In an opinion yesterday, Judge Cote dismissed a complaint brought by VNB, a real estate trust, accusing Bank of America of fraud in connection with mortgage-backed securities.  Judge Cote found it “problematic” that the complaint cut-and-pasted confidential witnesses’ allegations from another case brought by AIG against Bank of America, because the VNB’s counsel “obviously has not had direct contact” with those witnesses:

By drawing its factual allegations from the statements of confidential witnesses in AIG’s complaint, VNB is attempting to rely on the substance of those allegations without being held responsible for certifying that they are supported by some factual basis, or at least that the witnesses did in fact make such statements. Unlike AIG, VNB presumably does not even know who these witnesses are . . . . Allowing parties to rely on confidential witness statements drawn from another complaint also has the potential to incentivize collusion, and raises the possibility of complaints that are stocked with fabricated confidential witness statements placed in other complaints.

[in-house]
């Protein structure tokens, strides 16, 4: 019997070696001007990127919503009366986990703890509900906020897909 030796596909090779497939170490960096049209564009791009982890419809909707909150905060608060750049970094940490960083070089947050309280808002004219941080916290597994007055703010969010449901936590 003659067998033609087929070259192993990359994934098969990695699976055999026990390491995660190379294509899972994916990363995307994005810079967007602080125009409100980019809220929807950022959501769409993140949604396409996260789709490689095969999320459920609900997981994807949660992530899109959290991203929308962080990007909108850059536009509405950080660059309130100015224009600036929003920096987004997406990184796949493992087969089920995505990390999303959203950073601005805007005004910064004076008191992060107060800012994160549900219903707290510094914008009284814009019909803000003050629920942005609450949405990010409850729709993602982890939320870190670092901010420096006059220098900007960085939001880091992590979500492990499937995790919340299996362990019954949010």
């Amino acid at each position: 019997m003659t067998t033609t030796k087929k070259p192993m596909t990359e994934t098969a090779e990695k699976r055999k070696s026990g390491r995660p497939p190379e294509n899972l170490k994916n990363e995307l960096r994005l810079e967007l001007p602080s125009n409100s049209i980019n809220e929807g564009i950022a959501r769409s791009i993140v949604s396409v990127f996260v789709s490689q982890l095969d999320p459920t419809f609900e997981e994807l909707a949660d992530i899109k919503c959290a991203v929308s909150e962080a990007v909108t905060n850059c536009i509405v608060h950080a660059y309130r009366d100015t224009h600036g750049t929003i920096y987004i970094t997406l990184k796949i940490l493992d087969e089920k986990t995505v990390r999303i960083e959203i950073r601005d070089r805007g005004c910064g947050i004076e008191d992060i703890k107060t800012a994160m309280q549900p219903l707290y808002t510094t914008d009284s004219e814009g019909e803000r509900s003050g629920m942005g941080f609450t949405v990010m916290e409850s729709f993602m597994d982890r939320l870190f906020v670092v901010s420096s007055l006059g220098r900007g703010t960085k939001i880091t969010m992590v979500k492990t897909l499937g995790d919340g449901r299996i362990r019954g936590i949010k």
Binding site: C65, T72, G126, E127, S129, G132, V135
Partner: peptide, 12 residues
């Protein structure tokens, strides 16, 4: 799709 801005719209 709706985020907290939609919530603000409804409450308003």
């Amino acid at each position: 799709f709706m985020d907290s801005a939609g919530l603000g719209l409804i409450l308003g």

Judge Cote concluded that the statements from the AIG complaint were, in this case, “essentially conclusory assertions untethered to any factual support,” and dismissed the case in its entirety. Related:  In July, we reported on Judge Rakoff’s observations about the “unintended consequences” of relying on confidential witnesses.